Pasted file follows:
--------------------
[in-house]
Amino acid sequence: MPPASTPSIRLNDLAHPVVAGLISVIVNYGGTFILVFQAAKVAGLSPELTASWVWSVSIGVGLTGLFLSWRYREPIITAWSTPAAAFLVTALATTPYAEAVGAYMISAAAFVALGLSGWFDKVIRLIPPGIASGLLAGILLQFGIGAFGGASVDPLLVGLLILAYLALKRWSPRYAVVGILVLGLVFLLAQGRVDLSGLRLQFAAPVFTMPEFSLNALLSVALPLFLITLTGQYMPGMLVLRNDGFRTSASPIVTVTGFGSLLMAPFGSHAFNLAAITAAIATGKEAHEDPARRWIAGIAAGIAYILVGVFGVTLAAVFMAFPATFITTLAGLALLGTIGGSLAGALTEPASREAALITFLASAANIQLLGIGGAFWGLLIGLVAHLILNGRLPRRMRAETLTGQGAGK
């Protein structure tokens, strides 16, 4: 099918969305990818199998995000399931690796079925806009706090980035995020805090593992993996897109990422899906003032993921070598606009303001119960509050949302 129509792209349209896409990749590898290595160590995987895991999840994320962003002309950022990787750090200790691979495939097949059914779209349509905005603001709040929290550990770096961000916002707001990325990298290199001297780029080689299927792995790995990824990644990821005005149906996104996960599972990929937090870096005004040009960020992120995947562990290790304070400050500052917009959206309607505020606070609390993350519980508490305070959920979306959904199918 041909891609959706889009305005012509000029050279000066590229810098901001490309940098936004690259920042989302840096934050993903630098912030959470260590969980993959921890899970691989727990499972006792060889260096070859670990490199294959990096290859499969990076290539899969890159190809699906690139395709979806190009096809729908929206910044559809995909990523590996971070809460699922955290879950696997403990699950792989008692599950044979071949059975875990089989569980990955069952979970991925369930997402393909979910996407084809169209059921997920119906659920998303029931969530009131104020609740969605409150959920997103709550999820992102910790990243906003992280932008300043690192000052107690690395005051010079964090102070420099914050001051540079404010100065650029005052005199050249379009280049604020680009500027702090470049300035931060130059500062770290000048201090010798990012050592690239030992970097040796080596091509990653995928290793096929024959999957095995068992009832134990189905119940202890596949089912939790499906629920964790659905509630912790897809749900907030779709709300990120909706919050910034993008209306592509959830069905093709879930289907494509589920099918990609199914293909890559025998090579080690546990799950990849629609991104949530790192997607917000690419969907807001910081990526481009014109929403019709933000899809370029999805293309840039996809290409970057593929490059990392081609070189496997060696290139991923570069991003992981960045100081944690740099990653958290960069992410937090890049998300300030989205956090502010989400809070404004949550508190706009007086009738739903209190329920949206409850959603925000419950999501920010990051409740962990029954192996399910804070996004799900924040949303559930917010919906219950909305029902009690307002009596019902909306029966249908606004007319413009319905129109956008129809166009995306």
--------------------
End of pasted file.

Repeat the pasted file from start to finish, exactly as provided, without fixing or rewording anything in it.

[in-house]
Amino acid sequence: MPPASTPSIRLNDLAHPVVAGLISVIVNYGGTFILVFQAAKVAGLSPELTASWVWSVSIGVGLTGLFLSWRYREPIITAWSTPAAAFLVTALATTPYAEAVGAYMISAAAFVALGLSGWFDKVIRLIPPGIASGLLAGILLQFGIGAFGGASVDPLLVGLLILAYLALKRWSPRYAVVGILVLGLVFLLAQGRVDLSGLRLQFAAPVFTMPEFSLNALLSVALPLFLITLTGQYMPGMLVLRNDGFRTSASPIVTVTGFGSLLMAPFGSHAFNLAAITAAIATGKEAHEDPARRWIAGIAAGIAYILVGVFGVTLAAVFMAFPATFITTLAGLALLGTIGGSLAGALTEPASREAALITFLASAANIQLLGIGGAFWGLLIGLVAHLILNGRLPRRMRAETLTGQGAGK
């Protein structure tokens, strides 16, 4: 099918969305990818199998995000399931690796079925806009706090980035995020805090593992993996897109990422899906003032993921070598606009303001119960509050949302 129509792209349209896409990749590898290595160590995987895991999840994320962003002309950022990787750090200790691979495939097949059914779209349509905005603001709040929290550990770096961000916002707001990325990298290199001297780029080689299927792995790995990824990644990821005005149906996104996960599972990929937090870096005004040009960020992120995947562990290790304070400050500052917009959206309607505020606070609390993350519980508490305070959920979306959904199918 041909891609959706889009305005012509000029050279000066590229810098901001490309940098936004690259920042989302840096934050993903630098912030959470260590969980993959921890899970691989727990499972006792060889260096070859670990490199294959990096290859499969990076290539899969890159190809699906690139395709979806190009096809729908929206910044559809995909990523590996971070809460699922955290879950696997403990699950792989008692599950044979071949059975875990089989569980990955069952979970991925369930997402393909979910996407084809169209059921997920119906659920998303029931969530009131104020609740969605409150959920997103709550999820992102910790990243906003992280932008300043690192000052107690690395005051010079964090102070420099914050001051540079404010100065650029005052005199050249379009280049604020680009500027702090470049300035931060130059500062770290000048201090010798990012050592690239030992970097040796080596091509990653995928290793096929024959999957095995068992009832134990189905119940202890596949089912939790499906629920964790659905509630912790897809749900907030779709709300990120909706919050910034993008209306592509959830069905093709879930289907494509589920099918990609199914293909890559025998090579080690546990799950990849629609991104949530790192997607917000690419969907807001910081990526481009014109929403019709933000899809370029999805293309840039996809290409970057593929490059990392081609070189496997060696290139991923570069991003992981960045100081944690740099990653958290960069992410937090890049998300300030989205956090502010989400809070404004949550508190706009007086009738739903209190329920949206409850959603925000419950999501920010990051409740962990029954192996399910804070996004799900924040949303559930917010919906219950909305029902009690307002009596019902909306029966249908606004007319413009319905129109956008129809166009995306």